Sometimes the callers they advise are less sweetly reasonable than the staff themselves, breaking into strange oaths when told they have left some crucial point of information at home. Barry Desaleux, the manager of the office's self-assessment team, is unmoved by these outbursts. "Sometimes people get shirty," he shrugs. "But that comes with the territory."
Last Wednesday - 30 September - was the last day for the 9 million taxpayers involved in self-assessment to get their returns in if they wanted to be sure the Inland Revenue would calculate the tax they owe. That makes it one of the busiest days of the year for tax offices.
This is the second year of self-assessment, and Barry is keen to make it clear things have improved since last year's debut of the system. "We didn't get off on the right foot last year, and we didn't start as we would have liked," he says. "This year we've made sure we've got a better handle on returns as they come in. It is 100 per cent better this year."
Barry can afford to observe the whole process with a degree of detachment, as his own tax goes through the far simpler PAYE system.
Upstairs from reception at Woolwich, a group of middle-aged women is opening that morning's post, which contains nearly 400 more returns - about three times the normal daily load.
The most urgent task on deadline day is to get all the forms logged into the system so that there can be no doubt that they arrived in time. This is done by entering each form's 10-digit UTR number into the computer. When the time comes to process the forms, they are handled more or less in the order they arrived. But anyone who envisaged this as a hi-tech operation would be disappointed.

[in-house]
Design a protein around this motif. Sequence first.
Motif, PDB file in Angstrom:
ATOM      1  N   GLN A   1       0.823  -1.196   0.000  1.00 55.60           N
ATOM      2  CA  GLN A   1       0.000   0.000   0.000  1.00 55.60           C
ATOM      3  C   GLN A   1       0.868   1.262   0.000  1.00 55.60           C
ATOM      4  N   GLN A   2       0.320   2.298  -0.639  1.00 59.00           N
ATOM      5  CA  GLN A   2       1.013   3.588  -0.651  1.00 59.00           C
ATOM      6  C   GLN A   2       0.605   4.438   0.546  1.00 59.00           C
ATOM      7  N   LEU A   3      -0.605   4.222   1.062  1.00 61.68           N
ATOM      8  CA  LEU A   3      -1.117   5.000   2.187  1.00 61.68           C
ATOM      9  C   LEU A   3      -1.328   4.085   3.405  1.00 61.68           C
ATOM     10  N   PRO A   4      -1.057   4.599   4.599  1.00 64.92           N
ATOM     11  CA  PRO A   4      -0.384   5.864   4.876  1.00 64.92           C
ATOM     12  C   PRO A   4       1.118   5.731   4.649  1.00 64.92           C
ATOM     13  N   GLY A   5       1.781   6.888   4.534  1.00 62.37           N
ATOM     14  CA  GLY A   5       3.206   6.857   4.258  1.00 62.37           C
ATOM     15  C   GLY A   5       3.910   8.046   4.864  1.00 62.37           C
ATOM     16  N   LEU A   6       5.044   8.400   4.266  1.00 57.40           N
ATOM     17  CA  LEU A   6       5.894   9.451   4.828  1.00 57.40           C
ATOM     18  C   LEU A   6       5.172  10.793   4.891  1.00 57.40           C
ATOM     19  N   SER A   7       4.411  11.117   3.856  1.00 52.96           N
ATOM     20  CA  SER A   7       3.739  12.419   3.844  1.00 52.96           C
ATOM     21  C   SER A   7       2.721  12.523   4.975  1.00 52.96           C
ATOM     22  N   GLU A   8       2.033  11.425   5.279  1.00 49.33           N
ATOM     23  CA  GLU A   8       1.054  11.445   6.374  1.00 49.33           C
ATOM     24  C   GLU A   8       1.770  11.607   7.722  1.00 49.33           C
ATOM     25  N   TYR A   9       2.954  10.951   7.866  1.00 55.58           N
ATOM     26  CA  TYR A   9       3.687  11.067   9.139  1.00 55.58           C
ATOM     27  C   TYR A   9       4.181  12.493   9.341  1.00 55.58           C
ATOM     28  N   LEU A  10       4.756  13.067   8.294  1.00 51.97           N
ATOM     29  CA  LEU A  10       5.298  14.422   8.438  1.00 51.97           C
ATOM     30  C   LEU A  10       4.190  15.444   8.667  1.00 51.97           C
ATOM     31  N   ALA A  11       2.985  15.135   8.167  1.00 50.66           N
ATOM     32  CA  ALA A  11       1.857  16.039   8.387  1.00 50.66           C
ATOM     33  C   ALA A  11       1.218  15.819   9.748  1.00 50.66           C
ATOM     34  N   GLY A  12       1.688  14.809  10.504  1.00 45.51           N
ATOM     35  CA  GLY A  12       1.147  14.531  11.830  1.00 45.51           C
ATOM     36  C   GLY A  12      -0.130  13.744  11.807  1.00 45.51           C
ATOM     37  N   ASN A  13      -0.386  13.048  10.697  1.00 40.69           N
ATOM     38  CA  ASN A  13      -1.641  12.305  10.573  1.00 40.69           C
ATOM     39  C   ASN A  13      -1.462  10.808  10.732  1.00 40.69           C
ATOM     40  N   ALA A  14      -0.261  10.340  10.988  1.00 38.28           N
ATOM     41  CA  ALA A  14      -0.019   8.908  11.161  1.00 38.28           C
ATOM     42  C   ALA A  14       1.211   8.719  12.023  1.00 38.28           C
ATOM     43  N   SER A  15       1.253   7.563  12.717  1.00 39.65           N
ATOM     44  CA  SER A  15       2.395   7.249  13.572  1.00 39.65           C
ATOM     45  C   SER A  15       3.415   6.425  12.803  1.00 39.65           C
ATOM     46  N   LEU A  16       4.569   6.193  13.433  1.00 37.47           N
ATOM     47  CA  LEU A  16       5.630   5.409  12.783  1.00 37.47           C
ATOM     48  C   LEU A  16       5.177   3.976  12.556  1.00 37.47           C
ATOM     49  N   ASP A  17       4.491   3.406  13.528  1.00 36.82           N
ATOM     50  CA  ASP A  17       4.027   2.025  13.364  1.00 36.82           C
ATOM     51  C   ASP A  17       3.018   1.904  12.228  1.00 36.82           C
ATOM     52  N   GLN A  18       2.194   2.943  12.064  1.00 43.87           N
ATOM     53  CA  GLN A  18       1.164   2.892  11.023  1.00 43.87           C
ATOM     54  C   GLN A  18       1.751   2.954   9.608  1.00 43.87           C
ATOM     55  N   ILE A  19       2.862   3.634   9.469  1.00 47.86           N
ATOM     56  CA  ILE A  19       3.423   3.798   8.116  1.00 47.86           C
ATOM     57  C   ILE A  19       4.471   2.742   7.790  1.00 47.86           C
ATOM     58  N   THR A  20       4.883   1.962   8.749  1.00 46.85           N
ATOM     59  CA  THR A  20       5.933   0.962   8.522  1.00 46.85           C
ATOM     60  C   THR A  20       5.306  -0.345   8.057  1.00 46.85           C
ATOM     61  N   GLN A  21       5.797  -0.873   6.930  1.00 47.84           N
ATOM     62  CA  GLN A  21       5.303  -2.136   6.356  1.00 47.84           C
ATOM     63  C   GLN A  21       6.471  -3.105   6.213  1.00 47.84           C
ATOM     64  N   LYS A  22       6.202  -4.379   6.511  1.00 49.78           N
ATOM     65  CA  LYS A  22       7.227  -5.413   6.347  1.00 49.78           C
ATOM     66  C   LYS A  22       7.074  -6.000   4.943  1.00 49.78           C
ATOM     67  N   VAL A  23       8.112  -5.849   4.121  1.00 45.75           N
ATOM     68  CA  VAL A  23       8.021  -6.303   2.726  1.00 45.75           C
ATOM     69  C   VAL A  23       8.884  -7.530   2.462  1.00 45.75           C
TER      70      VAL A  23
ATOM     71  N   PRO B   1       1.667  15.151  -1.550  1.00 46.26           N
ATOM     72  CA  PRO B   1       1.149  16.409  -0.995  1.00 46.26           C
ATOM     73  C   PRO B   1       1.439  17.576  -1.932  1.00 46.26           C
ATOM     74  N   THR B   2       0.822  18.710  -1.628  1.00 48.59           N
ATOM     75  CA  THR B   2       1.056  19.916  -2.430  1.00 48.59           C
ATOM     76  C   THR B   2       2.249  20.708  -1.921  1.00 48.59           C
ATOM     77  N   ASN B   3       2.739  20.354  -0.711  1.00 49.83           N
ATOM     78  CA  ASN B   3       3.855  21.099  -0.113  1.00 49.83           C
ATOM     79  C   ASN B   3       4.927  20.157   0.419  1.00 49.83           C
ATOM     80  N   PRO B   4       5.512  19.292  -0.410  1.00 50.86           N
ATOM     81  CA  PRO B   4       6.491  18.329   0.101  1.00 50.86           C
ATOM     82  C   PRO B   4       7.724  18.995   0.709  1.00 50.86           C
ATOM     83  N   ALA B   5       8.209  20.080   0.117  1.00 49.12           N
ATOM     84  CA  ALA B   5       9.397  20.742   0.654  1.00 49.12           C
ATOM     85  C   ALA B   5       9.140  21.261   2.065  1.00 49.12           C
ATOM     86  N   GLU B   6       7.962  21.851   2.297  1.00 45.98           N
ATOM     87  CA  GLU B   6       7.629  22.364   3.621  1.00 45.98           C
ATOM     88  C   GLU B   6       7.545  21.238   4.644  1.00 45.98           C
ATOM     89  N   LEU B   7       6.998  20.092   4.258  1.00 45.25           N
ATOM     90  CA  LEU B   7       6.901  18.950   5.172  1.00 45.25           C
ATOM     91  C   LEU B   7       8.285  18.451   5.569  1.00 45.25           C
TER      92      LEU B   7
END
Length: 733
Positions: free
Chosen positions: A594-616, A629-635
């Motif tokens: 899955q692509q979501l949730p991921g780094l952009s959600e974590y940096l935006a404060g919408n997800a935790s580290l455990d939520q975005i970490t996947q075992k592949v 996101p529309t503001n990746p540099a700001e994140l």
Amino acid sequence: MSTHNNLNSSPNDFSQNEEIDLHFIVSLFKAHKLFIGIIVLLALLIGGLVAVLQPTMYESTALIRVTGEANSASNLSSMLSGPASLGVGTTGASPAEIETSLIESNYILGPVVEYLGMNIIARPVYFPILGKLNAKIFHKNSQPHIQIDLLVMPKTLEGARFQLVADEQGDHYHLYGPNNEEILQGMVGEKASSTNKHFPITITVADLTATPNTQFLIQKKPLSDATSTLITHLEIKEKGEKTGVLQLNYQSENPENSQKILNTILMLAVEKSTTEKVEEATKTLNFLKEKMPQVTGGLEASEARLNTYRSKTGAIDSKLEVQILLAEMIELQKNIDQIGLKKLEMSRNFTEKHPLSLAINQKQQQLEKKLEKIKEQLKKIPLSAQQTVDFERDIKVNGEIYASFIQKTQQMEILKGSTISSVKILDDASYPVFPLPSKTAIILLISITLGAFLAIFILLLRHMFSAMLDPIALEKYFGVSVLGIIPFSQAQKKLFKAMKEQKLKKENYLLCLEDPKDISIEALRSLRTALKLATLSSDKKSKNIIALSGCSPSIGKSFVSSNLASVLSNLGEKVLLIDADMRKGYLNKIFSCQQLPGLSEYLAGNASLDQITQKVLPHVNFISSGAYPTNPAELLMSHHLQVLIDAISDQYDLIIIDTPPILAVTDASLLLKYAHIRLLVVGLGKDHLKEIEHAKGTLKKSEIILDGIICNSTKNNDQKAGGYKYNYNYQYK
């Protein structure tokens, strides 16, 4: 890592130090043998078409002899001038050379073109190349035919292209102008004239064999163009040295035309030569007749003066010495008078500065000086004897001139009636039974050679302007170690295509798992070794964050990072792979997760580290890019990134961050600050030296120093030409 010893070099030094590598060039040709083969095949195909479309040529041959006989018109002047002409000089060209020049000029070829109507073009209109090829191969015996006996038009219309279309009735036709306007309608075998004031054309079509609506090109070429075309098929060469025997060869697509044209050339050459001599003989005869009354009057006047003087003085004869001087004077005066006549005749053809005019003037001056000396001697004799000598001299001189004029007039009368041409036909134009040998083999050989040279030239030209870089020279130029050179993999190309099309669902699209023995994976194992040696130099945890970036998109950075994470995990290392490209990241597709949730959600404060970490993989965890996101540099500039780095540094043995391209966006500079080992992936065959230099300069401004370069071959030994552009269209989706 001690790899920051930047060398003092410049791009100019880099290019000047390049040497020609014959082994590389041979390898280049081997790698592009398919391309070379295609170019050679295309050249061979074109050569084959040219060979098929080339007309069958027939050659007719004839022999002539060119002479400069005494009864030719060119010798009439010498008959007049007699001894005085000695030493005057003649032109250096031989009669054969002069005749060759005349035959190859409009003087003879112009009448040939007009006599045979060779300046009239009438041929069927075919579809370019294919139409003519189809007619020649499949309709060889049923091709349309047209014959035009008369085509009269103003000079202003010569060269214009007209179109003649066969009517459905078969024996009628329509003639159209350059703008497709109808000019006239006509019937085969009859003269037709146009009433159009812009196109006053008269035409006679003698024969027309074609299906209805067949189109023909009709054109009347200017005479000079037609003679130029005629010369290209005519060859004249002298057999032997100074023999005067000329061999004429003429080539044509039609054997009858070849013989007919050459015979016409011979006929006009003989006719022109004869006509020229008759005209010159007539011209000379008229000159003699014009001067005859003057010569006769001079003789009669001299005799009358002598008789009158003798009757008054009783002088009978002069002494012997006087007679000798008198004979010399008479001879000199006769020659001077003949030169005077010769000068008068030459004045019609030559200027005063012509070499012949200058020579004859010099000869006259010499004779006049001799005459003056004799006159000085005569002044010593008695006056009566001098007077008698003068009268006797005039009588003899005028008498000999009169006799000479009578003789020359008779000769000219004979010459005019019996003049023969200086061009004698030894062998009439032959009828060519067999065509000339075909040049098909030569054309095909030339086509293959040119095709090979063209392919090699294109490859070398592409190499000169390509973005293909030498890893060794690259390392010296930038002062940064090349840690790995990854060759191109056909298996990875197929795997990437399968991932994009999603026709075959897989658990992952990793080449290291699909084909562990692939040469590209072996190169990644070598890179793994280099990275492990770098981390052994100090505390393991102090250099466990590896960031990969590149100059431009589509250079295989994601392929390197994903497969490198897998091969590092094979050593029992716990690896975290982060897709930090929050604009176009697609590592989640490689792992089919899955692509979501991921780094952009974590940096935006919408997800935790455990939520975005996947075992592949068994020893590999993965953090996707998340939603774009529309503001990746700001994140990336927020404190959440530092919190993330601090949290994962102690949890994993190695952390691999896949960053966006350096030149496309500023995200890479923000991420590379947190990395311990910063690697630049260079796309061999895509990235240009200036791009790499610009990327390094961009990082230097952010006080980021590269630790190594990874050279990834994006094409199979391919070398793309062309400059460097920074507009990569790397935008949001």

Work at the Woolwich office, which serves about 50,000 taxpayers in south London, seems to depend as much as anything on the staff's own complex system of coloured cardboard notes. Each colour indicates the particular type of return contained in that bundle. The high-priority green cardboard tag, self-assessment team co-manager Alain Ilsley confides, means that a repayment is due.
Entering the UTR numbers first thing on Wednesday is a clerical officer, Vilma Selvaratnam, who tabs in each number by hand. Each form contains the same information in bar-code form but, because Woolwich does not have enough scanners, many forms must be entered by hand instead. No one is using the two scanners available. It is Vilma or nothing.
One of the most common errors people make when filing their returns is simply to forget to sign them. Less than an hour into the day, and Vilma already has a file of 20 or so unsigned returns balanced precariously on top of her computer screen.
The unsigned forms will be returned to the taxpayers involved with a note suggesting they sign them and get them back as soon as possible. Only when the amended form gets back to Woolwich is it registered as having been safely received.
Tax offices will accept not only their own return form, but also those rewritten by large accountancy practices, providing they fit the Inland Revenue's template. But the revenue will not trust the bar codes used on forms like these, which must again be keyed in by hand. It is no good thinking you can fax your form over, however, as these will not be accepted. "With our faxes, they'd probably get jammed up," says Alain glumly.
Most returns are relatively simple, and the figures can be entered on the computer in a few seconds. The software can perform a preliminary check immediately, which should flash a warning sign on screen if the figures entered are obvious nonsense.
Despite this, offices like Woolwich do occasionally present ordinary taxpayers with demands for heart-stopping amounts such as pounds 24m, when the true figure is a tiny fraction of that. Barry and Alain say this arises from simple human error, as a hard-pressed operator fails to register the warning and approves the entry anyway.
Perhaps, I suggest, the warning should be a little harder to ignore. Why not sound off a siren throughout the room and set off the sprinkler systems, for example? Alain does his glum face again. "That'll be the next thing," he says.